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Complex Dental Structure and Wear Biomechanics in Hadrosaurid Dinosaurs

Science  05 Oct 2012:
Vol. 338, Issue 6103, pp. 98-101
DOI: 10.1126/science.1224495

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A Toothy Problem

Large mammalian herbivores such as horses and bison are well known to possess a complex, grinding dentition that facilitates processing of their tough, cellulose-rich plant diet. Hadrosaurid, or duck-billed, dinosaurs also possessed complex teeth, but how this was achieved has been unknown because reptiles typically possess simple teeth. Erickson et al. (p. 98) show how Hadrosaurs evolved teeth composed of six tissues, which allowed for the development of tooth complexity rivaling, or exceeding, that of modern herbivorous mammals.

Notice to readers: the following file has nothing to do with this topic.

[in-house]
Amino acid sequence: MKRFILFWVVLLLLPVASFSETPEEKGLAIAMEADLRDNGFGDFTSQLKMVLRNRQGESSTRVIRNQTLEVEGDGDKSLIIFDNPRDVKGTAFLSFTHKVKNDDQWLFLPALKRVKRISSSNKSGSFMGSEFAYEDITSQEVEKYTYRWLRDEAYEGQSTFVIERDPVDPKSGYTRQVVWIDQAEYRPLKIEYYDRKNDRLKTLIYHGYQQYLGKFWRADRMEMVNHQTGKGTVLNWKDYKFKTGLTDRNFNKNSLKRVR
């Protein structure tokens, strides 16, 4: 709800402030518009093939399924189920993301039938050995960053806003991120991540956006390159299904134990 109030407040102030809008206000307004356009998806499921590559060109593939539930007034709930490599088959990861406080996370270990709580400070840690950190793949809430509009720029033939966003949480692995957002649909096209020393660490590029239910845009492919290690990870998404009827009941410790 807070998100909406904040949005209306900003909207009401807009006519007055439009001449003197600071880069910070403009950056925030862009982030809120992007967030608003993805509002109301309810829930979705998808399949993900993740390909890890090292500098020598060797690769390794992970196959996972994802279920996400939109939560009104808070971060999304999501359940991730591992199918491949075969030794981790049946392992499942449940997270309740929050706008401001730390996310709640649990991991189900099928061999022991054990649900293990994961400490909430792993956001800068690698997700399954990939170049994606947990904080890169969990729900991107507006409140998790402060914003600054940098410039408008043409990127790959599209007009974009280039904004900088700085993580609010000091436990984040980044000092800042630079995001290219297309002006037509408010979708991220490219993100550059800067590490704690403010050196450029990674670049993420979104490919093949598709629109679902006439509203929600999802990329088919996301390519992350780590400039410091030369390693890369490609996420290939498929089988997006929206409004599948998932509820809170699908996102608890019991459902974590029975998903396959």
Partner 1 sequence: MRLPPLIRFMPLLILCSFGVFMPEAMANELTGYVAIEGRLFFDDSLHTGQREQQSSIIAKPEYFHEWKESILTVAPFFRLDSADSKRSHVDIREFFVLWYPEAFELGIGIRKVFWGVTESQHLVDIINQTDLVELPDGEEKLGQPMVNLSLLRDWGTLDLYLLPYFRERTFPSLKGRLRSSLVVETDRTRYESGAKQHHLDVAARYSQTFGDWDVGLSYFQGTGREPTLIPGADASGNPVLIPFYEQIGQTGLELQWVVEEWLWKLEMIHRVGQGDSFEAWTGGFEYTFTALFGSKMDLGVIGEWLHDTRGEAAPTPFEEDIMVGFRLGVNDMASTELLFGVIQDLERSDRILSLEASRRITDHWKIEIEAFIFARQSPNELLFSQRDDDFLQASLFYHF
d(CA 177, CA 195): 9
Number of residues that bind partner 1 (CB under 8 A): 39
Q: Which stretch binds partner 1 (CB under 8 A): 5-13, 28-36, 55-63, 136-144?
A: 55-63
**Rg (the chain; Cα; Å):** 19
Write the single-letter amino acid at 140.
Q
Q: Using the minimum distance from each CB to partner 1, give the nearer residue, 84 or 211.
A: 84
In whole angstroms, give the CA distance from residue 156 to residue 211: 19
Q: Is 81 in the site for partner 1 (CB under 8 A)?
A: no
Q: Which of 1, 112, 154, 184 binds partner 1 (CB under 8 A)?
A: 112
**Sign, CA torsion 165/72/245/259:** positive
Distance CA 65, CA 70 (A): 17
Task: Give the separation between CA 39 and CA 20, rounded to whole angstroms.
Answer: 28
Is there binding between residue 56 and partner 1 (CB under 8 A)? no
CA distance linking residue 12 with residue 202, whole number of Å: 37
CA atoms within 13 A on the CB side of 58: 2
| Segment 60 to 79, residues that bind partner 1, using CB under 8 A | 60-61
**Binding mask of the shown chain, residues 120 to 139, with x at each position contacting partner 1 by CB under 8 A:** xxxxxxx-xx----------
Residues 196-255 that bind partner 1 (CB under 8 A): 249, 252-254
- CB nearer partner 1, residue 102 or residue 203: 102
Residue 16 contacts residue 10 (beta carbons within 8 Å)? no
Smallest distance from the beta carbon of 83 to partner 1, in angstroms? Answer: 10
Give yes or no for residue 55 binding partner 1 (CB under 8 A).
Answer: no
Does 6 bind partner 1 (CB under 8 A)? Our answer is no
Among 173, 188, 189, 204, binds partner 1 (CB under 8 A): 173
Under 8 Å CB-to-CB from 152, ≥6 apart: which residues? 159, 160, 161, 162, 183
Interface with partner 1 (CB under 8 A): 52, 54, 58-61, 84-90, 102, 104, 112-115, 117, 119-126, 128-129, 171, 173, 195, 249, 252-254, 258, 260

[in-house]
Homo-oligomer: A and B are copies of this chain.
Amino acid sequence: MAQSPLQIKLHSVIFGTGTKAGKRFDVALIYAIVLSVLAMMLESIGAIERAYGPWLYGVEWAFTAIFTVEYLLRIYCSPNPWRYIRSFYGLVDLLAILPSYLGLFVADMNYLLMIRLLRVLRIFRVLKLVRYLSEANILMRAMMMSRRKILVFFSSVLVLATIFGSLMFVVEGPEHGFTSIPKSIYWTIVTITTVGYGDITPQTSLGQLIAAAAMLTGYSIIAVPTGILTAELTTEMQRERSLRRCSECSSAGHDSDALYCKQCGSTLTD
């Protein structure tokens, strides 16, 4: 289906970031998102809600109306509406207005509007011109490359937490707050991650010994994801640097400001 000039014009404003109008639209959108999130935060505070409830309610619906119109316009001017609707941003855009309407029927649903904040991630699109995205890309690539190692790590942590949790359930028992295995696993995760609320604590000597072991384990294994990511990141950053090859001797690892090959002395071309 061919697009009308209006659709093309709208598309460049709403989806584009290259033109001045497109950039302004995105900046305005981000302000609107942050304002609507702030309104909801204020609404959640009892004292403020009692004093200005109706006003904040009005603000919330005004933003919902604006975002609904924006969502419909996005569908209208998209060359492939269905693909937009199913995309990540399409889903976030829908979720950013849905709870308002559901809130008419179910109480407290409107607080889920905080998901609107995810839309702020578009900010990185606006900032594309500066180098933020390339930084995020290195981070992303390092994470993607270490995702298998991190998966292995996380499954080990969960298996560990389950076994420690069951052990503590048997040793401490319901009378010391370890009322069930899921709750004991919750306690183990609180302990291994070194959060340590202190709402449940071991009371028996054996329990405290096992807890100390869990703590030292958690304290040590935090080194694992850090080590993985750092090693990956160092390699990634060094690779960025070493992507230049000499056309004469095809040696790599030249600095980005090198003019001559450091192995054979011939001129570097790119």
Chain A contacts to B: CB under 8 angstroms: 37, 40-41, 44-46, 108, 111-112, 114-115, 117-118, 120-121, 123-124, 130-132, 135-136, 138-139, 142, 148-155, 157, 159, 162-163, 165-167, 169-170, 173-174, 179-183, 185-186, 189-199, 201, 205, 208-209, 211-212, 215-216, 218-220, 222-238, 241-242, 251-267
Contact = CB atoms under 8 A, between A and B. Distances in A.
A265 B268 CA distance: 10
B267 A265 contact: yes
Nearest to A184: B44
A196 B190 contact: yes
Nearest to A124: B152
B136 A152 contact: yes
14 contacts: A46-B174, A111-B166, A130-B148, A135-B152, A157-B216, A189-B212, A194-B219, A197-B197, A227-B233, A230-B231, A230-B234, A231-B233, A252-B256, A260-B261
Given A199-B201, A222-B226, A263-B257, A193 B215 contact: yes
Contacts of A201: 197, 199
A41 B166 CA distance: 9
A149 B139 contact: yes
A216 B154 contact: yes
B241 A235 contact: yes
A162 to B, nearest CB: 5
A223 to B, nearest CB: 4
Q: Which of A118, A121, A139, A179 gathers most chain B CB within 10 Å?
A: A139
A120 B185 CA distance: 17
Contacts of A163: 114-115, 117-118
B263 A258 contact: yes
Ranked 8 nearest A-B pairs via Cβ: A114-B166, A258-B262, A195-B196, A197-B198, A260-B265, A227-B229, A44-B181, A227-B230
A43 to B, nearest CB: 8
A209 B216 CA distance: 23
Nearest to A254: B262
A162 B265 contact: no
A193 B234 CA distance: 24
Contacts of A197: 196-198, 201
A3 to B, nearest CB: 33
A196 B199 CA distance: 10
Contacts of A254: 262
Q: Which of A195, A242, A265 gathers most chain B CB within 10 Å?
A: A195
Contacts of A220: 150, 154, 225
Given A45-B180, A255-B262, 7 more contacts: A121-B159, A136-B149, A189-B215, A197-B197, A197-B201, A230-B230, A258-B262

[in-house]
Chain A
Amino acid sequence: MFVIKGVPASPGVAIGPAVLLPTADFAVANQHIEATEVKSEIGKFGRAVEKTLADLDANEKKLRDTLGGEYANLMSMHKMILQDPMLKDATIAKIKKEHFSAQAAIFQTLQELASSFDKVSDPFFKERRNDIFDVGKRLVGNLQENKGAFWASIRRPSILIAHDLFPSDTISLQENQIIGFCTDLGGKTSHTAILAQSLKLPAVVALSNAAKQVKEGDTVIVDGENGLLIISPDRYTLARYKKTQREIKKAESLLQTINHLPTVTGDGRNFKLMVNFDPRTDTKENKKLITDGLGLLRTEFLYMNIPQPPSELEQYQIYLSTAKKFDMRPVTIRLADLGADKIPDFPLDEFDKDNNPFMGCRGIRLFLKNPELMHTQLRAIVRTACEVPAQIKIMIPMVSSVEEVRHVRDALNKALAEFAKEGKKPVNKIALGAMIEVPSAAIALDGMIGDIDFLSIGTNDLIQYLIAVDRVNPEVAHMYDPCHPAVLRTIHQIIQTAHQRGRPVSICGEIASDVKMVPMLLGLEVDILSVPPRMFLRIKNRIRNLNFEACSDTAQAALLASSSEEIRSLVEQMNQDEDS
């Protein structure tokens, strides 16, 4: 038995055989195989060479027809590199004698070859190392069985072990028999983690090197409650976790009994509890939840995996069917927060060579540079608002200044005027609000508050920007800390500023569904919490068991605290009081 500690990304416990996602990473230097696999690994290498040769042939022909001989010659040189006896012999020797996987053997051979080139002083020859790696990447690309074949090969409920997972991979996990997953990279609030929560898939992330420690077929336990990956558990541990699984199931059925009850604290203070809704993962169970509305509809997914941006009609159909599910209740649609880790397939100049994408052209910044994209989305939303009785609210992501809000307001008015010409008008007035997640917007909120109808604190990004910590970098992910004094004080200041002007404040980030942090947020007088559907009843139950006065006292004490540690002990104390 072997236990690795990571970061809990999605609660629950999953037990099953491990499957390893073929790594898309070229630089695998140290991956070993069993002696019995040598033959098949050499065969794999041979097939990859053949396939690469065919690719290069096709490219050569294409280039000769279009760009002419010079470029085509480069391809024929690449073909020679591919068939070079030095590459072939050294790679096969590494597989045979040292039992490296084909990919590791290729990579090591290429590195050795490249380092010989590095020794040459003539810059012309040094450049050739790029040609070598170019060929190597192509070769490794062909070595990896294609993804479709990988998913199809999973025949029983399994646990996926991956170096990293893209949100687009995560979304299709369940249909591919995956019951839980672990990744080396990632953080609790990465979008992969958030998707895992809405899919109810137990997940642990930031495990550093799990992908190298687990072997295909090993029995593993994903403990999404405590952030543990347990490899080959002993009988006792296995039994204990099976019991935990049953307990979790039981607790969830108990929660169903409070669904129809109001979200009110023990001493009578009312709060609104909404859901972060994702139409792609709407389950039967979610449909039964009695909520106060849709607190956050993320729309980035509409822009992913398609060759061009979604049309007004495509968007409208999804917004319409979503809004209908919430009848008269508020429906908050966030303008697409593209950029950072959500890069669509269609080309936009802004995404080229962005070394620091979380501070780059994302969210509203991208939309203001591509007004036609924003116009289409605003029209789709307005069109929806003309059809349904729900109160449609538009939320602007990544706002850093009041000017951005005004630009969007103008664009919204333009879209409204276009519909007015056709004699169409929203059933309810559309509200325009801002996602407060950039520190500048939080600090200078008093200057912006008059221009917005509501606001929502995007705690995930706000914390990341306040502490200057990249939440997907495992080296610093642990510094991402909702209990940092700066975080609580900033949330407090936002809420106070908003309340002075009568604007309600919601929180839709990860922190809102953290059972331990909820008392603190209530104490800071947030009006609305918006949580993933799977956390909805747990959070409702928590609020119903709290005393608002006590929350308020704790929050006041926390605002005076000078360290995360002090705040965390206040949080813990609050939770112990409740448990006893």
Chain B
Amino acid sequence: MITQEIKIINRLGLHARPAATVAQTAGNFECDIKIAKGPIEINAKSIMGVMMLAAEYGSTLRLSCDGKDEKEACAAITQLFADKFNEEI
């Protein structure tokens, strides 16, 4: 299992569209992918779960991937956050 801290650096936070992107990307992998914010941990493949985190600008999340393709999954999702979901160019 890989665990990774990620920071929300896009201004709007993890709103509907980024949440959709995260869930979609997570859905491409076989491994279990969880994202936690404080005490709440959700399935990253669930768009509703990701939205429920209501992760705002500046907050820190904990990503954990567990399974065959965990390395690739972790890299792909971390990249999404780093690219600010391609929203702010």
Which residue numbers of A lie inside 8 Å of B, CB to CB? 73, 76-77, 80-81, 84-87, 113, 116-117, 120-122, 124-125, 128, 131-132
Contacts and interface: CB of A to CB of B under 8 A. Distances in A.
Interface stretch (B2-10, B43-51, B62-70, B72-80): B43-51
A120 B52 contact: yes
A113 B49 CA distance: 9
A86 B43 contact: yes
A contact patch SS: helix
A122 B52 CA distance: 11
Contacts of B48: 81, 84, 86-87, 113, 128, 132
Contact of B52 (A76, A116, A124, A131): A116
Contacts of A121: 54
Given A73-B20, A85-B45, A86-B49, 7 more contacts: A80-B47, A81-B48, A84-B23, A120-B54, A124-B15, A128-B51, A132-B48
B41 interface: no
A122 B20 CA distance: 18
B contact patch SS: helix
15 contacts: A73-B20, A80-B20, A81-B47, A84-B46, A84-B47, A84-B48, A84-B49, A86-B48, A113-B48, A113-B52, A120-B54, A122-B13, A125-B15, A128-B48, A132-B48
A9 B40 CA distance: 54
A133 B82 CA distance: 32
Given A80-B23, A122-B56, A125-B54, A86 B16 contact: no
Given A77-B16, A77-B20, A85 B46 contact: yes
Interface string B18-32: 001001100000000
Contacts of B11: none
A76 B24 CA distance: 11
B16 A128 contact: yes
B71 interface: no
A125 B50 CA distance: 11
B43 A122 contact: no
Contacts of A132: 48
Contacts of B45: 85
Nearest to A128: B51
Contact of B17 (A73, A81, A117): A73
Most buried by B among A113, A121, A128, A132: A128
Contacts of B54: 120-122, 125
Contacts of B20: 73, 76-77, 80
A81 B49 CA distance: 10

Abstract

Mammalian grinding dentitions are composed of four major tissues that wear differentially, creating coarse surfaces for pulverizing tough plants and liberating nutrients. Although such dentition evolved repeatedly in mammals (such as horses, bison, and elephants), a similar innovation occurred much earlier (~85 million years ago) within the duck-billed dinosaur group Hadrosauridae, fueling their 35-million-year occupation of Laurasian megaherbivorous niches. How this complexity was achieved is unknown, as reptilian teeth are generally two-tissue structures presumably lacking biomechanical attributes for grinding. Here we show that hadrosaurids broke from the primitive reptilian archetype and evolved a six-tissue dental composition that is among the most sophisticated known. Three-dimensional wear models incorporating fossilized wear properties reveal how these tissues interacted for grinding and ecological specialization.

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